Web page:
First Look at MSI’s New Gaming Notebooks

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MSI showcased several new gaming notebooks with unique features along with a number of updates to existing lines at the 2016 International Consumer Electronics Show. All of the 2016 MSI gaming notebooks run Windows 10 and feature full HD (1920 x 1080) displays, SteelSeries gaming keyboards, and Killer Gaming Network E2400 Wi-Fi as standard.

MSI GT72S G Tobii

MSI GT72S G Tobii

GT72S G Tobii

One of the most interesting gaming notebooks we spotted at CES is the all new MSI GT72S G Tobii, which includes integrated Tobii EyeX Controller cameras for enhanced facial recognition and eye tracking.

This might sound like a strange thing to put into a gaming notebook, but Tobii is already working with multiple game developers to incorporate eye tracking into the latest AAA game titles. Assassin’s Creed Syndicate already fully supports Tobii and that allows the game to auto-target enemies and grapple points as soon as you look at them. Likewise, when your character travels around the game environment the camera will move left or right as your eyes move over to the left or right sides of the screen. As an added bonus, the Tobii software will automatically pause your game if it sees you get up and walk away from the computer.

The main point we want to make here is that the Tobii eye tracking is remarkably accurate, seemingly instantaneous, and incredibly immersive. Think of it as a way to create a virtual reality environment without the goofy-looking VR headset. We can easily imagine a future where every first person shooter uses eye tracking to allow you to lock onto enemies with nothing more than a glance. This technology is the very definition of game changing; players with eye tracking will have a tremendous competitive advantage over opponents who are stuck using only a controller or a keyboard and mouse.

The rest of the specs for the GT72S G Tobii are pretty standard for a high-end 17.3-inch gaming notebook in early 2016. You’ll get a 6th generation Intel Core i7-6820HK processor (2.9-3.8 GHz), Nvidia GeForce GTX 980M graphics with 8GB of GDDR5, 32GB of DDR4 system memory, a 256GB SSD (NVMe M.2 PCIe Gen3 x4) and a 1TB SATA HDD (7200RPM) for storage.

MSI GS72 Stealth

MSI GS72 Stealth

GS72 Stealth

Sometimes you need to have a more affordable product that is “almost” as good as your premium, Halo product for those customers that don’t want extra bells and whistles. That is where the new GS72 Stealth comes in. The GS72 Stealth shares much of the same chassis design and hardware as the previously mentioned GT72S G Tobii, but without the fancy eye tracking and facial recognition.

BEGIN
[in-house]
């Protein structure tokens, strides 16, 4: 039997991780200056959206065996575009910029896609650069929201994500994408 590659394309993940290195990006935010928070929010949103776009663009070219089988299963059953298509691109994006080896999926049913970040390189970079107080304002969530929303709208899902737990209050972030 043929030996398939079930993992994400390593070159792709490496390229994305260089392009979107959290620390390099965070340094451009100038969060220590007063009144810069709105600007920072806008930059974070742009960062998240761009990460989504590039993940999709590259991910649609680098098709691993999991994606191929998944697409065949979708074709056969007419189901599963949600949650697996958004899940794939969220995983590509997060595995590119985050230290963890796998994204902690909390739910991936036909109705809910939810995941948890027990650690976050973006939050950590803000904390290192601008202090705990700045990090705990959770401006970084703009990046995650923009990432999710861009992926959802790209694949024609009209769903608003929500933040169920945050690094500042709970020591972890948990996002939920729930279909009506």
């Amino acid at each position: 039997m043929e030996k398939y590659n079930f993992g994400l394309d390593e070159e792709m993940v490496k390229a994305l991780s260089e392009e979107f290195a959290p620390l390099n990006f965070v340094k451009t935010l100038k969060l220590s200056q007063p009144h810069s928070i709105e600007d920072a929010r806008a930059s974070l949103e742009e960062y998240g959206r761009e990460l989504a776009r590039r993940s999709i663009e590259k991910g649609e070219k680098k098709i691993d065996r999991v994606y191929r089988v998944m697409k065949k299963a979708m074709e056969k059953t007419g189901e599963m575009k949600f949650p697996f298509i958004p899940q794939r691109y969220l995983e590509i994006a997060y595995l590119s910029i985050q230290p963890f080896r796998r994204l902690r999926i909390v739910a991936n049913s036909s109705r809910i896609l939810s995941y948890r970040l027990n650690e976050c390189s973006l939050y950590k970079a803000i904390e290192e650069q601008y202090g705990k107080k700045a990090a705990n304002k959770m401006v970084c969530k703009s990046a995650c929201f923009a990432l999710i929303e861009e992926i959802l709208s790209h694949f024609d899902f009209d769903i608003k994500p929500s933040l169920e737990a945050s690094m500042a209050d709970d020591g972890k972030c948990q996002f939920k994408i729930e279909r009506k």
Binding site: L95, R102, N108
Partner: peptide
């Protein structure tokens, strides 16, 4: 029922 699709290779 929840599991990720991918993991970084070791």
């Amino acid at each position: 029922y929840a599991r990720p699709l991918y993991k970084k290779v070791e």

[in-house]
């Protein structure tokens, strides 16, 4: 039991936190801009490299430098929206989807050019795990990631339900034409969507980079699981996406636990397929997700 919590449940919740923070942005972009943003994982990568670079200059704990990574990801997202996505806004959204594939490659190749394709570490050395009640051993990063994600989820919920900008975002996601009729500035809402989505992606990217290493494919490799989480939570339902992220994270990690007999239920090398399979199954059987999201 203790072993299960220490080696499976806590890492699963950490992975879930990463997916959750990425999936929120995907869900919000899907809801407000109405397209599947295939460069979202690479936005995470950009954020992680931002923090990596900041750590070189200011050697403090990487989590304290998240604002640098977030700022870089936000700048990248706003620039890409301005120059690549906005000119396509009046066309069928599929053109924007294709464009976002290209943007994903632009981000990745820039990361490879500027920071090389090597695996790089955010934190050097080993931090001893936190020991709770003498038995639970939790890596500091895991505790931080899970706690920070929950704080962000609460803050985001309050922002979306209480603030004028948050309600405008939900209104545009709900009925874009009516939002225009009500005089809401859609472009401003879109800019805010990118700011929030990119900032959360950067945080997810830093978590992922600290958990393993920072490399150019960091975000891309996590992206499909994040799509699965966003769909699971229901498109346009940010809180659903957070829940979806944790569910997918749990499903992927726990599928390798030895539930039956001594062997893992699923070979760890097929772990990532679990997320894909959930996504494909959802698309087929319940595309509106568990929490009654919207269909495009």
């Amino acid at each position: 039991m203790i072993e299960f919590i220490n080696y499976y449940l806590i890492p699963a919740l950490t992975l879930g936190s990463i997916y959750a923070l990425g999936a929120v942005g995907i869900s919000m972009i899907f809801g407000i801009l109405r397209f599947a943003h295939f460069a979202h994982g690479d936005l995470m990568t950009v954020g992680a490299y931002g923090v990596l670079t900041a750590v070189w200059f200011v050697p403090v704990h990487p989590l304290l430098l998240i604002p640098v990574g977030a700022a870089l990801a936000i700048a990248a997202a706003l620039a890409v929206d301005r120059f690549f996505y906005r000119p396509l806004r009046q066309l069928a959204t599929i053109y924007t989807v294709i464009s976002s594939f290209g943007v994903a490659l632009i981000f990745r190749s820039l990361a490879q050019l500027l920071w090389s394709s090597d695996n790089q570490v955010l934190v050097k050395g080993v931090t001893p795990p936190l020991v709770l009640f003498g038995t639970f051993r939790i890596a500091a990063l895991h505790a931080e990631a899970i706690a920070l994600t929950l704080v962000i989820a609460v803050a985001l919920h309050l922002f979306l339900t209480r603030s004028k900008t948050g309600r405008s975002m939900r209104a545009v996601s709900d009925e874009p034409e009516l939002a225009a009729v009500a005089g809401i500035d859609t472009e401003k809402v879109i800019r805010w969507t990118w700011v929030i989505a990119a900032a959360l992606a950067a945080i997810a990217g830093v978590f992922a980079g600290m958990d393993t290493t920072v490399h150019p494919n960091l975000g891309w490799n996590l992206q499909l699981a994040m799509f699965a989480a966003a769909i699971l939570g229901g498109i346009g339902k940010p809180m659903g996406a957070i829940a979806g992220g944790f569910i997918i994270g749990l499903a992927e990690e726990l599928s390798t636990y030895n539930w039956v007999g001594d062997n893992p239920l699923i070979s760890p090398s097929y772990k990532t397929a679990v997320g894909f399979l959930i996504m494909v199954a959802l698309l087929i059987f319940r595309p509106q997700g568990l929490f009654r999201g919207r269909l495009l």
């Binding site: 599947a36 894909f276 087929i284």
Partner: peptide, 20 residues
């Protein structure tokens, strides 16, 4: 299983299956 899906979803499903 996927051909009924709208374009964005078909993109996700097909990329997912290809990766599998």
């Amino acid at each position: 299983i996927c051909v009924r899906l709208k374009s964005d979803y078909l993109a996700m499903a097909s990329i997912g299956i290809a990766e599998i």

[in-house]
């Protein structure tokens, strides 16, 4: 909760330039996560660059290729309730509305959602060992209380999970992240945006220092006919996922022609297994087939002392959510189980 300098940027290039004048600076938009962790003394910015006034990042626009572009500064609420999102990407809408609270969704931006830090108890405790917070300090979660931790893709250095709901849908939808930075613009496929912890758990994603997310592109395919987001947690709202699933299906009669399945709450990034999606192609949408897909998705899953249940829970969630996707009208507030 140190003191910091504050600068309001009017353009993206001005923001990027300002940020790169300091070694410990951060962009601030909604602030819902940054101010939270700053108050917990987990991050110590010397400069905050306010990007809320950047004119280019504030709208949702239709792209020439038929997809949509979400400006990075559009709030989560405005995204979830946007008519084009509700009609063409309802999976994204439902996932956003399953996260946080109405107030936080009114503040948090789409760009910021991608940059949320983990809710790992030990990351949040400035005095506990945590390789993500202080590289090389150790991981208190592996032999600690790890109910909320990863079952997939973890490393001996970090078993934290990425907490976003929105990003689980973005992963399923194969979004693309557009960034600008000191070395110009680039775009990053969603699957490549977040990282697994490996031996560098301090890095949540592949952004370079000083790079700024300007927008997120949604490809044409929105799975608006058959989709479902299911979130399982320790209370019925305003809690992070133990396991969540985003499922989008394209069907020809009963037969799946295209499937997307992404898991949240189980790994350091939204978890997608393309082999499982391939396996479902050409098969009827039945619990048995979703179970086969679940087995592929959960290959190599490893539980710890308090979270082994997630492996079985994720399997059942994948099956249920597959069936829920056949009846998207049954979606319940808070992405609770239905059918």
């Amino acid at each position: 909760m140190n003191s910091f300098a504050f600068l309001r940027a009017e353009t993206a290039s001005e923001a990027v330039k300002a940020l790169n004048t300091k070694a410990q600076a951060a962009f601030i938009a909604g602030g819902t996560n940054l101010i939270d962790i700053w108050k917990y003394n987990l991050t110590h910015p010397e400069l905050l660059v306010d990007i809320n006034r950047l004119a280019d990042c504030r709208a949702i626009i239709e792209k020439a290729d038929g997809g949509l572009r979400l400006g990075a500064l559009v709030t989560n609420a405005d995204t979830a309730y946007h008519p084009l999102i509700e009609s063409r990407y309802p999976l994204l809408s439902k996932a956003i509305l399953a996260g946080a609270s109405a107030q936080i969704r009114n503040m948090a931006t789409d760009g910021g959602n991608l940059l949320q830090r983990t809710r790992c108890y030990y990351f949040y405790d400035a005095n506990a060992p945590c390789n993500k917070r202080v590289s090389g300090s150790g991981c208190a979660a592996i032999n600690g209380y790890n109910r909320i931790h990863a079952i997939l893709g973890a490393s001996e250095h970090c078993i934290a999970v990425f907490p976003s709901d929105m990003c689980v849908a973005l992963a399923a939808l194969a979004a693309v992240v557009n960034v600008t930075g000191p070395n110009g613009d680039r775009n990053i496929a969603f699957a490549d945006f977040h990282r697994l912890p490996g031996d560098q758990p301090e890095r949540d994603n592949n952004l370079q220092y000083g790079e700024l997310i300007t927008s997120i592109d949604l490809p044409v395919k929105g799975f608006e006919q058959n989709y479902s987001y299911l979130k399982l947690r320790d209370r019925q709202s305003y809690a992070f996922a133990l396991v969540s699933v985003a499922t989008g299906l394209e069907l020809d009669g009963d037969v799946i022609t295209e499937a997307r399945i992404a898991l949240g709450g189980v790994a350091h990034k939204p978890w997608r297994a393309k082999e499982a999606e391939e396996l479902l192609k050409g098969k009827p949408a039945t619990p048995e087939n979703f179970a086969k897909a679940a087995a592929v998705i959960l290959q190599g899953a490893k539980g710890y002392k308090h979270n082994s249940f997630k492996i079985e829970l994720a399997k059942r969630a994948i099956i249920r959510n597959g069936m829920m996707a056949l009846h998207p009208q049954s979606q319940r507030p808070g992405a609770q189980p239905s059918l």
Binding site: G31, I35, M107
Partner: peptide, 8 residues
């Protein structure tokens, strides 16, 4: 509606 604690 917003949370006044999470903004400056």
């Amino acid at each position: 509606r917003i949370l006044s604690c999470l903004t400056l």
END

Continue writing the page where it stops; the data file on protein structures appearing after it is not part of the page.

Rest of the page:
The GS72 Stealth is another premium 17.3-inch gaming notebook but this one includes less bleeding-edge technology and a more affordable price tag. The GS72 comes with a 6th generation Intel Core i7-6700HQ processor (2.6-3.5 GHz), Nvidia GeForce GTX 970M graphics with 3GB of GDDR5, 16GB of DDR4 system memory, a 128GB SSD (PCIe Gen3 x4) and a 1TB SATA HDD (7200RPM) for storage.

MSI GS40 PantomGS40 Phantom and new Gaming Dock

MSI revealed the 13.3-inch GS30 Shadow and Gaming Dock last year as the company’s first notebook with external desktop graphics. This year, the 14-inch GS40 Phantom features completely new (and optional) gaming dock for a desktop-class graphics card.

The GS40 features a sixth-generation Intel Core i7-6700HQ processor and 16GB of DDR4 RAM. Unlike the old GS30 which only included Intel integrated graphics inside the notebook, the GS40 features the Nvidia GeForce GTX 970M GPU for mobile gaming.

The new MSI Gaming Dock

The new MSI Gaming Dock

We were pretty impressed by the original MSI Gaming Dock last year because the proprietary docking station connector provides a full-bandwidth pass-through for the desktop PCIe 3.0×16 slot used for desktop graphics cards. Our only complaint about the old gaming dock was that it was too massive … almost like sticking your laptop on top of a full-size desktop PC.

The new MSI Gaming Dock is more streamlined but still has room for a desktop graphics card inside. Now our only quibble is that MSI hasn’t figured out a way to allow you to switch between the notebook graphics and the external desktop graphics card without restarting Windows.




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